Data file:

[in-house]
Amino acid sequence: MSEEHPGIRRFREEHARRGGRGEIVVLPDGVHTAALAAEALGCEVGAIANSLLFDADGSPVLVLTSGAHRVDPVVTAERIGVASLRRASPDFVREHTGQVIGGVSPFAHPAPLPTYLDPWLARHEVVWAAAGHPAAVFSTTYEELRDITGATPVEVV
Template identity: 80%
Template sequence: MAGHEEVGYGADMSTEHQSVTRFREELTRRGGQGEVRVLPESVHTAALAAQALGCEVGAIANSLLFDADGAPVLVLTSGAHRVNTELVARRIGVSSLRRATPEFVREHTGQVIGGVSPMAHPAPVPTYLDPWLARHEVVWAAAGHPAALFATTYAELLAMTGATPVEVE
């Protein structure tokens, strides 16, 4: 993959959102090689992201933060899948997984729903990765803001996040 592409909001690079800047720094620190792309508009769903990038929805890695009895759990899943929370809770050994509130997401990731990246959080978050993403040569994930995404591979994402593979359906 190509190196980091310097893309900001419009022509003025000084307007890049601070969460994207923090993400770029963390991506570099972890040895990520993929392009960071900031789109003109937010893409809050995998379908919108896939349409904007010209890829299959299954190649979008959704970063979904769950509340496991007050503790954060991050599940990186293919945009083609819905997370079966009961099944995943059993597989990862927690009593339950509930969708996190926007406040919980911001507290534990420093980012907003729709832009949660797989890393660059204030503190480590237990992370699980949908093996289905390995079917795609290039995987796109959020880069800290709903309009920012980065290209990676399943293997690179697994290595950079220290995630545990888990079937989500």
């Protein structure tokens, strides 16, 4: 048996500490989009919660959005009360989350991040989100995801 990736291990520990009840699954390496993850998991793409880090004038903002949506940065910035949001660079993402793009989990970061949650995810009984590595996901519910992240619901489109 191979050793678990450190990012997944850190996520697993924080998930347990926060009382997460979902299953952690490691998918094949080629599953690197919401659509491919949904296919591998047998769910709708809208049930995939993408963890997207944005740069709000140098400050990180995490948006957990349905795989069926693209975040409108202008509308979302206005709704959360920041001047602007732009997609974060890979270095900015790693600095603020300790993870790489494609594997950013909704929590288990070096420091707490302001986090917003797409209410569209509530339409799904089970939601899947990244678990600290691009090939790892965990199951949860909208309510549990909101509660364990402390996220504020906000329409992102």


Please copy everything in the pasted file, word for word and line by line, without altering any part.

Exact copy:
[in-house]
Amino acid sequence: MSEEHPGIRRFREEHARRGGRGEIVVLPDGVHTAALAAEALGCEVGAIANSLLFDADGSPVLVLTSGAHRVDPVVTAERIGVASLRRASPDFVREHTGQVIGGVSPFAHPAPLPTYLDPWLARHEVVWAAAGHPAAVFSTTYEELRDITGATPVEVV
Template identity: 80%
Template sequence: MAGHEEVGYGADMSTEHQSVTRFREELTRRGGQGEVRVLPESVHTAALAAQALGCEVGAIANSLLFDADGAPVLVLTSGAHRVNTELVARRIGVSSLRRATPEFVREHTGQVIGGVSPMAHPAPVPTYLDPWLARHEVVWAAAGHPAALFATTYAELLAMTGATPVEVE
């Protein structure tokens, strides 16, 4: 993959959102090689992201933060899948997984729903990765803001996040 592409909001690079800047720094620190792309508009769903990038929805890695009895759990899943929370809770050994509130997401990731990246959080978050993403040569994930995404591979994402593979359906 190509190196980091310097893309900001419009022509003025000084307007890049601070969460994207923090993400770029963390991506570099972890040895990520993929392009960071900031789109003109937010893409809050995998379908919108896939349409904007010209890829299959299954190649979008959704970063979904769950509340496991007050503790954060991050599940990186293919945009083609819905997370079966009961099944995943059993597989990862927690009593339950509930969708996190926007406040919980911001507290534990420093980012907003729709832009949660797989890393660059204030503190480590237990992370699980949908093996289905390995079917795609290039995987796109959020880069800290709903309009920012980065290209990676399943293997690179697994290595950079220290995630545990888990079937989500």
């Protein structure tokens, strides 16, 4: 048996500490989009919660959005009360989350991040989100995801 990736291990520990009840699954390496993850998991793409880090004038903002949506940065910035949001660079993402793009989990970061949650995810009984590595996901519910992240619901489109 191979050793678990450190990012997944850190996520697993924080998930347990926060009382997460979902299953952690490691998918094949080629599953690197919401659509491919949904296919591998047998769910709708809208049930995939993408963890997207944005740069709000140098400050990180995490948006957990349905795989069926693209975040409108202008509308979302206005709704959360920041001047602007732009997609974060890979270095900015790693600095603020300790993870790489494609594997950013909704929590288990070096420091707490302001986090917003797409209410569209509530339409799904089970939601899947990244678990600290691009090939790892965990199951949860909208309510549990909101509660364990402390996220504020906000329409992102």